Food Industry, Farmers Urge EPA to Ease Dioxin Guidelines

According to the Wall Street Journal, the food industry and farmers in the U.S. are pushing for the Obama administration to reconsider federal guidelines that will detail how much dioxins Americans can be exposed to. The Environmental Protection Agency will likely be releasing the guidelines for dioxins this month.

People are normally exposed to the potentially harmful chemicals through meat and dairy consumption. This has prompted concern from restaurants, farmers, and grocers that the EPA will set the limit below what the average American already receives from food, ultimately causing unnecessary alarm to consumers. Here are some facts about dioxins.

* Dioxins are a group of environmental pollutants that accumulate in the food chain, most notably in the fatty tissues of animals, and more than 90 percent of human exposure is through food, according to the World Health Organization.

* In high enough amounts, dioxins are highly toxic and linked to developmental and reproductive issues, as well as immune system damage, cancer and interfering with hormones.

* The Washington State Department of Health reported the group of chemicals can come from natural sources, like brush and forest fires, but more commonly man-made sources, including chemical manufacturing and waste incineration.

* Dioxins are very stable compounds and could pose a higher risk to children due to their body size and the fact that their bodies are still developing.

* The chemical was found in numerous headlines in 2004 after Ukrainian presidential candidate Viktor Yushchenko was deliberately poisoned with dioxin while running for office, noted the Associated Press.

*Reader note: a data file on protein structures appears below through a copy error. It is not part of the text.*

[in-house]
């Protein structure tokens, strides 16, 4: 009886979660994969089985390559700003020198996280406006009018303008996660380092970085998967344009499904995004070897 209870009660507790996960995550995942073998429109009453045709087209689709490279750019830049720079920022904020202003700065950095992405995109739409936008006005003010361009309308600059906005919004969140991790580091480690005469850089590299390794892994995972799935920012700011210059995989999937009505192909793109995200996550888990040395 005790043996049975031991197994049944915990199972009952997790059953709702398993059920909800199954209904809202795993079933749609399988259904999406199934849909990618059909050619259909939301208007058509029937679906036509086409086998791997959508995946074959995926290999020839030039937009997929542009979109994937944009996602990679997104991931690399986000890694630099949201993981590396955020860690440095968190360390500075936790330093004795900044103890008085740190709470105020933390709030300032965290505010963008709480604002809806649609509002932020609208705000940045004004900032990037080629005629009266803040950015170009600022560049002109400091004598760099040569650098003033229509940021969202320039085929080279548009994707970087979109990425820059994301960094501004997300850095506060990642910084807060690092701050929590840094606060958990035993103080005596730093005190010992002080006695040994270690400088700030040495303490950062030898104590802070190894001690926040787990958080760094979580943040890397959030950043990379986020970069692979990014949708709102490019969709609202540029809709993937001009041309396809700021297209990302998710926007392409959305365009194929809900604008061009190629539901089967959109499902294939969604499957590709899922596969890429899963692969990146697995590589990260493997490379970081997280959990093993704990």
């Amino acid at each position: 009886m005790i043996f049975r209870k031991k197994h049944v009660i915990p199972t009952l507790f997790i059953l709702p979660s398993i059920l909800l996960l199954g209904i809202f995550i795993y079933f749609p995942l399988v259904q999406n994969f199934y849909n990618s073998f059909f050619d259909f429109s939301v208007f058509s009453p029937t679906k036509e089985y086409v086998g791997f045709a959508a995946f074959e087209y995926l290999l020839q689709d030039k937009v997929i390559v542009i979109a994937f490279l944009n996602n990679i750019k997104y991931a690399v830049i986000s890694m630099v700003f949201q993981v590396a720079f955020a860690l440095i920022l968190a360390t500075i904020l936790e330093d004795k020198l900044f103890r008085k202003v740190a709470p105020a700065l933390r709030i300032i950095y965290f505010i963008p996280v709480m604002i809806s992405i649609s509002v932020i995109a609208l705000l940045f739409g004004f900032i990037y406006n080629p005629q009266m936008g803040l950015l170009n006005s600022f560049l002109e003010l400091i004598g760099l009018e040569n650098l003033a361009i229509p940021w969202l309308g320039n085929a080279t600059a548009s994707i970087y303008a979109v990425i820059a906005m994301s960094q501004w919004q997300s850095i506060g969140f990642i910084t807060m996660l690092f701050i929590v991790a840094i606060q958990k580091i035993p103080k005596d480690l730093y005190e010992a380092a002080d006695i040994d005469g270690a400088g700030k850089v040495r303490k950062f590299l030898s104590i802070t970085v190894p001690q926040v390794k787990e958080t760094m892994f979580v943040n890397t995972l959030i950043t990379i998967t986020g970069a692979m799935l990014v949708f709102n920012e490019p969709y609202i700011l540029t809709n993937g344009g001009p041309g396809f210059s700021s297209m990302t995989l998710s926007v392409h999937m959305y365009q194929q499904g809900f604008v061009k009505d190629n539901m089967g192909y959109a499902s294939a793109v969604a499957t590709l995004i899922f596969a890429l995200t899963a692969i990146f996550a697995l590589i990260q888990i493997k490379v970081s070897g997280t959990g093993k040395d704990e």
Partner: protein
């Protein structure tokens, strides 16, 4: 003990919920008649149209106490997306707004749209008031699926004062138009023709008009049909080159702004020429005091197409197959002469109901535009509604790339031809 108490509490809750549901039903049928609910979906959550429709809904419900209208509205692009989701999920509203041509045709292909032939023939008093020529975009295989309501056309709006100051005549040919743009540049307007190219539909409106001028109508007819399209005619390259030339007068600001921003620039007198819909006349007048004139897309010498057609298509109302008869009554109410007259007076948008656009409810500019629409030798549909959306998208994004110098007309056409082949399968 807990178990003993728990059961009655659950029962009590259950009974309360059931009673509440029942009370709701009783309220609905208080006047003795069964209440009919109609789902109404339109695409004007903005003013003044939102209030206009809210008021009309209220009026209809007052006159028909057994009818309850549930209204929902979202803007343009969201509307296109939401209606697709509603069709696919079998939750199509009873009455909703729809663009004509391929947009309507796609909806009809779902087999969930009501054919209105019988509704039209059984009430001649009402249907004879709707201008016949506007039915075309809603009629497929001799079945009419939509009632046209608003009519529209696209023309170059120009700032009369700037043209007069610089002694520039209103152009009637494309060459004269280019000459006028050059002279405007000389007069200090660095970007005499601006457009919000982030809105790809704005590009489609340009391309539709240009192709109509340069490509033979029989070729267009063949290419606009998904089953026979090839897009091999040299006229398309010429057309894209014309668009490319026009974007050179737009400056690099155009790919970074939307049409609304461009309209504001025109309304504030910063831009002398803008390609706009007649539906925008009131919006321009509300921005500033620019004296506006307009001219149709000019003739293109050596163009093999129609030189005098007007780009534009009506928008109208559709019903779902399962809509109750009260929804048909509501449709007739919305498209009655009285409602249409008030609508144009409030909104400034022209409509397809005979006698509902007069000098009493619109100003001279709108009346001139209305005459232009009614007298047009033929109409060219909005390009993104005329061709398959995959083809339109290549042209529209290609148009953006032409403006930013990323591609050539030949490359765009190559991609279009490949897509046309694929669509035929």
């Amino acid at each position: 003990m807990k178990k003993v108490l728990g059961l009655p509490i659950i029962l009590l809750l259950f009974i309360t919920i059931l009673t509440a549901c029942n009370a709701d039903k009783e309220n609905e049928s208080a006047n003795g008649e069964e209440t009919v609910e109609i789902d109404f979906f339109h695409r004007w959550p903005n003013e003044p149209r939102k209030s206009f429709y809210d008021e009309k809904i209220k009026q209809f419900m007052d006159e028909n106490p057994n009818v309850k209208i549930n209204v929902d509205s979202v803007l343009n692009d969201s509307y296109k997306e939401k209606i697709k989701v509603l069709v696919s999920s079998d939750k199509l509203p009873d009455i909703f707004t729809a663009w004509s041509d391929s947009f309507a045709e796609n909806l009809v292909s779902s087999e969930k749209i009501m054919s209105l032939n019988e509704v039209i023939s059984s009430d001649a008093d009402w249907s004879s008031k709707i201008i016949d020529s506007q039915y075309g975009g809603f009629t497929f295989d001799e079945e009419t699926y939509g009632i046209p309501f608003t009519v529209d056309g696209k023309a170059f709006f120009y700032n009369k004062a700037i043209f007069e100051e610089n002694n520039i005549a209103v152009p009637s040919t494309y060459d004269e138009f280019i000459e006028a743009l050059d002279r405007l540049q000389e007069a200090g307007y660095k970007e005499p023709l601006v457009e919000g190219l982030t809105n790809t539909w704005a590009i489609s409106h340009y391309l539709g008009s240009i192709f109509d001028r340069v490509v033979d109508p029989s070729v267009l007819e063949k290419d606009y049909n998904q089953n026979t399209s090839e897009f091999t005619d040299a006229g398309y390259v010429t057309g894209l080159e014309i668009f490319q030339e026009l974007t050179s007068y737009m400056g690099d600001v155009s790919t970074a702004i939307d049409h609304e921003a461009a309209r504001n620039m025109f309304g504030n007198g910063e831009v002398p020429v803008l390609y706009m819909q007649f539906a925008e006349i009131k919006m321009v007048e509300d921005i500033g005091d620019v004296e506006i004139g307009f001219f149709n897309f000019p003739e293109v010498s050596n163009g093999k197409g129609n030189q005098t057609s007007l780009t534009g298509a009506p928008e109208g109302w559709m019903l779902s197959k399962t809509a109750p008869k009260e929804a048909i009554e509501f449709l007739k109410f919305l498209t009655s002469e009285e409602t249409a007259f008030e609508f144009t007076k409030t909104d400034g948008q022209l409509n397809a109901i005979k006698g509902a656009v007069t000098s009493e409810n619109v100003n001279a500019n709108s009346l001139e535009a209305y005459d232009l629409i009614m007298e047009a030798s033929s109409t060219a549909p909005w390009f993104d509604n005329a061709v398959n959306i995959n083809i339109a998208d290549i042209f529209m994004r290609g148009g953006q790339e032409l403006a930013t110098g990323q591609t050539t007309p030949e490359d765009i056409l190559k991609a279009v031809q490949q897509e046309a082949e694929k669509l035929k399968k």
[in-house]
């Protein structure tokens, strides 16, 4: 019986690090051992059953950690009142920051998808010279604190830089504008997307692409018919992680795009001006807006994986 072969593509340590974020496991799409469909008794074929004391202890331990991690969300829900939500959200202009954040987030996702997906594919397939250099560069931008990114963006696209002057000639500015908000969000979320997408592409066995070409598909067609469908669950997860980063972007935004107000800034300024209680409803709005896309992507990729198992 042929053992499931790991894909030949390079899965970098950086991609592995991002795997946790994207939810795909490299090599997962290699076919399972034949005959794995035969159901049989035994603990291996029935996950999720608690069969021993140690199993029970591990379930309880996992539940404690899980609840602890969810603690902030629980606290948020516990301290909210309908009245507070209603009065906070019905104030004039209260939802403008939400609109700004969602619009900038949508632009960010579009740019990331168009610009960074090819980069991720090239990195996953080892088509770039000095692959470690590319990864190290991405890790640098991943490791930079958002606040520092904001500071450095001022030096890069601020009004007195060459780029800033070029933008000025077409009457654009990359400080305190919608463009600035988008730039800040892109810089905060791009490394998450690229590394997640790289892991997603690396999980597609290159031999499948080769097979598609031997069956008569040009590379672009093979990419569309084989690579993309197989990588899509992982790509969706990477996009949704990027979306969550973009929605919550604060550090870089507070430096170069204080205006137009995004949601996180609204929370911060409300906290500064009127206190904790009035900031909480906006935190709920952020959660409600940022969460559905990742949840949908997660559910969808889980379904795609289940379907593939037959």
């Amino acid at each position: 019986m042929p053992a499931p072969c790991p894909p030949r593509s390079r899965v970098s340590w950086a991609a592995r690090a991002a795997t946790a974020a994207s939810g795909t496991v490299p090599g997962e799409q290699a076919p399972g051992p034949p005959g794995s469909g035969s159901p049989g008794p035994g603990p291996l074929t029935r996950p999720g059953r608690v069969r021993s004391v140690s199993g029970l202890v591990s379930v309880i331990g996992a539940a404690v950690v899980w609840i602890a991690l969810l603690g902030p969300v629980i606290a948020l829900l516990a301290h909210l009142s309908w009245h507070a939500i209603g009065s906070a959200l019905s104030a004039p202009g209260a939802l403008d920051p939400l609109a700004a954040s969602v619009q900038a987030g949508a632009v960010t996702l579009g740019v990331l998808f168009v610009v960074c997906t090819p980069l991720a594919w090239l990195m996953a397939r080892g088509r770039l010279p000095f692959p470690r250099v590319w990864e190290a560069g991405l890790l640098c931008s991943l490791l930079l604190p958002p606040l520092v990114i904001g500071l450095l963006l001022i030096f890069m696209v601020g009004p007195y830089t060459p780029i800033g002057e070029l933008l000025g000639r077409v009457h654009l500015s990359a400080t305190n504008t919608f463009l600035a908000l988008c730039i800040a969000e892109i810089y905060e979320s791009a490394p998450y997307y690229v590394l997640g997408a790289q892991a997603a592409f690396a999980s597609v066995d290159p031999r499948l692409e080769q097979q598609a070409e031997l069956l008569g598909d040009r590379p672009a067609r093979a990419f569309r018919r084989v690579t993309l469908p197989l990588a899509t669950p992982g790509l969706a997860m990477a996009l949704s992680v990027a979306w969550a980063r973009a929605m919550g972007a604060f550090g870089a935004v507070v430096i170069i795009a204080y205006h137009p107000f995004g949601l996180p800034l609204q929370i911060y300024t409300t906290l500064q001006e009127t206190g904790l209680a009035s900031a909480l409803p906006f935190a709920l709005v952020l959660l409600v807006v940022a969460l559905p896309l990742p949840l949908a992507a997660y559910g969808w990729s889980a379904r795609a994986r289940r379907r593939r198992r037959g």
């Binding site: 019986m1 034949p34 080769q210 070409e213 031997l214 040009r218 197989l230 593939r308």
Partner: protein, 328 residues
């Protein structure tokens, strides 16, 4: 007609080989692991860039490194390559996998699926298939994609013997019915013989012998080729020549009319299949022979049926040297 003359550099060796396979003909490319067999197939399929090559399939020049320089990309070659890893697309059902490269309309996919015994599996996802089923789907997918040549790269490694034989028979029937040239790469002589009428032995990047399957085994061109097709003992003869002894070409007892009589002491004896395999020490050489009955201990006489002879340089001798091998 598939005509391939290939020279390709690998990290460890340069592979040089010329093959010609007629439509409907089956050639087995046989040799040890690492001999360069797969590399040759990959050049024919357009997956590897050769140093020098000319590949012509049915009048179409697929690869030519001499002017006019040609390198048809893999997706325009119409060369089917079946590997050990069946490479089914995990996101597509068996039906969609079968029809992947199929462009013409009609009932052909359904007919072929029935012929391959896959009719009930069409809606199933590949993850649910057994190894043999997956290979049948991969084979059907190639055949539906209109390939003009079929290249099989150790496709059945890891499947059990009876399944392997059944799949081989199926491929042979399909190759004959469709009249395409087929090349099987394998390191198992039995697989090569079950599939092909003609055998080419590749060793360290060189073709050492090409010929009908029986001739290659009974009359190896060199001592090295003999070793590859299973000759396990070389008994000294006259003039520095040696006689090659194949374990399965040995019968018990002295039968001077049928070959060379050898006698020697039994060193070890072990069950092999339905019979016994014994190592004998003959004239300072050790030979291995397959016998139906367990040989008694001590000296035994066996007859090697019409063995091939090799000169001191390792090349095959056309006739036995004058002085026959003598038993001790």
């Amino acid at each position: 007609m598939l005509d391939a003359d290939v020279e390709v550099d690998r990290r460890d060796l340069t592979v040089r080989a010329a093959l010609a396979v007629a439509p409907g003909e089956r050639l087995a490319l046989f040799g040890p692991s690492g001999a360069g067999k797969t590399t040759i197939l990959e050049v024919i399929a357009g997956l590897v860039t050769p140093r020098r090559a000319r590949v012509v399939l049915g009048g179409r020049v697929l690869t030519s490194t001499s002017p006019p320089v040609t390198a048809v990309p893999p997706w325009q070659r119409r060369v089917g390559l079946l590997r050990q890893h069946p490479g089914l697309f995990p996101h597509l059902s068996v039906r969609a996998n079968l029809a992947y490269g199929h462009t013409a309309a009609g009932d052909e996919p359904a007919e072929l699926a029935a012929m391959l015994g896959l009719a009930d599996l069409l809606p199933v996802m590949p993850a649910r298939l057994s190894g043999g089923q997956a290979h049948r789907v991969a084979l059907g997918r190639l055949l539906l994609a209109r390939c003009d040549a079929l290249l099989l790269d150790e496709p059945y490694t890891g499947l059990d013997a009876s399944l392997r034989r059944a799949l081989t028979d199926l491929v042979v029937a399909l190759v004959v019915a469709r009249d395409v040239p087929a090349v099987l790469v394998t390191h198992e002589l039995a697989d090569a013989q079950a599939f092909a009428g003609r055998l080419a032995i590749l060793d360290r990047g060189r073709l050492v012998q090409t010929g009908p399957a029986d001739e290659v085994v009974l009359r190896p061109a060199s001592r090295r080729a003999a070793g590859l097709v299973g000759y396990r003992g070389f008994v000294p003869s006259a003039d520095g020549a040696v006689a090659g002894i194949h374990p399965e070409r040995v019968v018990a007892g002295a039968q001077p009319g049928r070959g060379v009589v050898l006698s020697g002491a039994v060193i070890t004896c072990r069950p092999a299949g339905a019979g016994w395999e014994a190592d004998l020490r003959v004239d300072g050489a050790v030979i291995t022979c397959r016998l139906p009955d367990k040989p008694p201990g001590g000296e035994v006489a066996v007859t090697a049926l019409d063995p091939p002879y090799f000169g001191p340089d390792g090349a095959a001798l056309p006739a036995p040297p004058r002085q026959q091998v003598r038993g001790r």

* The concentration of dioxin in Yushchenko’s blood was more than 6,000 times higher than the normal amount and is the second highest ever recorded in medical history.

* The American Cancer Society noted small amounts of dioxins were found in Agent Orange used during the Vietnam War as a defoliant.

* Veterans returning from Vietnam reported health problems like skin rashes, cancer and handicaps and birth defects in their children and dioxin levels were found to be higher in those who served in Vietnam when compared to those who served elsewhere.

* According to the EPA, the agency released its first dioxins report in September 1985 and launched the Dioxin Exposure Initiative, a research program aimed at the human health impacts of the chemicals, in September 1994.

* The guidelines being released this month follow work on a comprehensive reassessment of dioxin exposure and revisions in light of the review from the National Academy of Sciences back in 2004.

Rachel Bogart provides an in-depth look at current environmental issues and local Chicago news stories. As a college student from the Chicago suburbs pursuing two science degrees, she applies her knowledge and passion to both topics to garner further public awareness.

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